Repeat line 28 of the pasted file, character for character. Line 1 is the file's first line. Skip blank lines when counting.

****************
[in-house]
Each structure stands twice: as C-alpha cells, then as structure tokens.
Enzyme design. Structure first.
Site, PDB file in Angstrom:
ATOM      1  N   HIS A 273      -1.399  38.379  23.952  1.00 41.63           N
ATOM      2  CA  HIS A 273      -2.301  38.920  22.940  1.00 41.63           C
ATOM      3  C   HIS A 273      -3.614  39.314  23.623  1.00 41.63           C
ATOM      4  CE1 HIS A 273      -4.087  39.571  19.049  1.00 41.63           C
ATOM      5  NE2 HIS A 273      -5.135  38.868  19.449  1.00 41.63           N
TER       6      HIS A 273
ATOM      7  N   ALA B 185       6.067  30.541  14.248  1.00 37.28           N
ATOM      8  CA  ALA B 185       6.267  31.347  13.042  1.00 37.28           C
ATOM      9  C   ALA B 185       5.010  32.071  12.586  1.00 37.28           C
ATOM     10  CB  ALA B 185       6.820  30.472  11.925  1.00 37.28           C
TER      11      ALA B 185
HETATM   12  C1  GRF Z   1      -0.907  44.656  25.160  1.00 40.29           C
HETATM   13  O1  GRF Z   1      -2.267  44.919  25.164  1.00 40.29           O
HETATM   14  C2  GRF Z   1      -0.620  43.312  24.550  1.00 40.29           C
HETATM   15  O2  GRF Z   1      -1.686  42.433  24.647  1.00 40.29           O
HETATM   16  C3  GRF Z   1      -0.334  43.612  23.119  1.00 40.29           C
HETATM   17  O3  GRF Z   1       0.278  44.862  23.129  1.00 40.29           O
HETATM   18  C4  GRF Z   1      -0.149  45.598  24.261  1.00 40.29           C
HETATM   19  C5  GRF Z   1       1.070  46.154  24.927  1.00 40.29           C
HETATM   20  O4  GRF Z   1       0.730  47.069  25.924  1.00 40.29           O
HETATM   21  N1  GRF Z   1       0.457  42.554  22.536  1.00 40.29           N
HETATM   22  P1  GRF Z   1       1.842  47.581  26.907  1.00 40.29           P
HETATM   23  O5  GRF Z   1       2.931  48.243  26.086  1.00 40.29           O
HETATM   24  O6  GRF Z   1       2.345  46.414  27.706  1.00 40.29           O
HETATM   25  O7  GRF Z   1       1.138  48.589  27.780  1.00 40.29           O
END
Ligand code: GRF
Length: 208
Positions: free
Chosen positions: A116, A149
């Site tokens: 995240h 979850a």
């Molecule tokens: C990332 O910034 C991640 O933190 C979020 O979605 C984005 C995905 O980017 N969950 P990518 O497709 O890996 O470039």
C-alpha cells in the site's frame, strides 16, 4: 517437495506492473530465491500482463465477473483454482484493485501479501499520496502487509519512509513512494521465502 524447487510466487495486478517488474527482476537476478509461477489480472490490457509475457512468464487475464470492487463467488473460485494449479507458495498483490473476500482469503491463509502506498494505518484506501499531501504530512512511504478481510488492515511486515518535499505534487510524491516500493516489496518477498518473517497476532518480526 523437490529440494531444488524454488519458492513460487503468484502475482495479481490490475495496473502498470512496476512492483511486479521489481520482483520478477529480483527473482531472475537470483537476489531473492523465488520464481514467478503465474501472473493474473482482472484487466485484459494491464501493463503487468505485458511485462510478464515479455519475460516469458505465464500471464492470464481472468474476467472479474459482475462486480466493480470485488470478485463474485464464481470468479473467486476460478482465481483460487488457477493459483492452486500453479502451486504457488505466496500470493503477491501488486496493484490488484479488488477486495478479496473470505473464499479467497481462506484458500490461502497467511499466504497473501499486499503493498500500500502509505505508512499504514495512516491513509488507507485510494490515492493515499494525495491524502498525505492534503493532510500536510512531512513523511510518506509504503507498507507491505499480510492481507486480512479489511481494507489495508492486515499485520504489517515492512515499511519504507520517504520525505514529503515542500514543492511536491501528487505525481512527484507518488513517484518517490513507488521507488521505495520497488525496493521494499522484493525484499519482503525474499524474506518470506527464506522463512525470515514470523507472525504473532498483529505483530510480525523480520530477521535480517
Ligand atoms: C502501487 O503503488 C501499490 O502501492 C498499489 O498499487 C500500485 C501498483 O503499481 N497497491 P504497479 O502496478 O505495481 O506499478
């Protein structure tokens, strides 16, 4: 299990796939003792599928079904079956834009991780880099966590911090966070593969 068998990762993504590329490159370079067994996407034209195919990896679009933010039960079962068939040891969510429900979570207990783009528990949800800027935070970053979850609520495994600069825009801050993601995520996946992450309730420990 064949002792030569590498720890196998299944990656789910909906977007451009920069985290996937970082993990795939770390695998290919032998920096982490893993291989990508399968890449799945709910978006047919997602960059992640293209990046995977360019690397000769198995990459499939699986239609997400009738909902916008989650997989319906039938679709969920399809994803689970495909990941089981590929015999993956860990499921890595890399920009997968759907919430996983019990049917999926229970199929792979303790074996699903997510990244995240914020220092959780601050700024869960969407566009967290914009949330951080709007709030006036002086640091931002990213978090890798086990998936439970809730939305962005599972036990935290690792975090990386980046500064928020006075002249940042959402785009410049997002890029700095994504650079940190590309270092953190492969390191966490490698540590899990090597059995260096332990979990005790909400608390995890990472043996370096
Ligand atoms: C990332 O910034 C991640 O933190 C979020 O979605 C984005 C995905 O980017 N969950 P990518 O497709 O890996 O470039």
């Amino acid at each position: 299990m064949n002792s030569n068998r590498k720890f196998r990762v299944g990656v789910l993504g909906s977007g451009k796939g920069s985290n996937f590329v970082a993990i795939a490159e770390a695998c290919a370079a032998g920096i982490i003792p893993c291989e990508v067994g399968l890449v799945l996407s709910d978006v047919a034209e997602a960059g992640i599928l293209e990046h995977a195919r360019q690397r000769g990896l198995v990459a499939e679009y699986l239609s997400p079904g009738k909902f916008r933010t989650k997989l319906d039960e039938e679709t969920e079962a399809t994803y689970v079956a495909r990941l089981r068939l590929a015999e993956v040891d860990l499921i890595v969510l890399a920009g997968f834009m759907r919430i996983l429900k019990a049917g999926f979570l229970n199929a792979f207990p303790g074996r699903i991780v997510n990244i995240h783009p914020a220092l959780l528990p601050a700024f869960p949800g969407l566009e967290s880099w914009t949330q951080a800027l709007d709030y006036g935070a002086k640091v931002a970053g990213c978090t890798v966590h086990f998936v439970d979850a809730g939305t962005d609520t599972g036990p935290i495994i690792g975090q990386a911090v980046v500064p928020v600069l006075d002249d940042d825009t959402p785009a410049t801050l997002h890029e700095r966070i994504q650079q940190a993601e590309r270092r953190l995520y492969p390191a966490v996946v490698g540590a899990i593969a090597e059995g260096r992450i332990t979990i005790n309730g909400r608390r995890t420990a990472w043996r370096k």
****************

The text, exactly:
HETATM   24  O6  GRF Z   1       2.345  46.414  27.706  1.00 40.29           O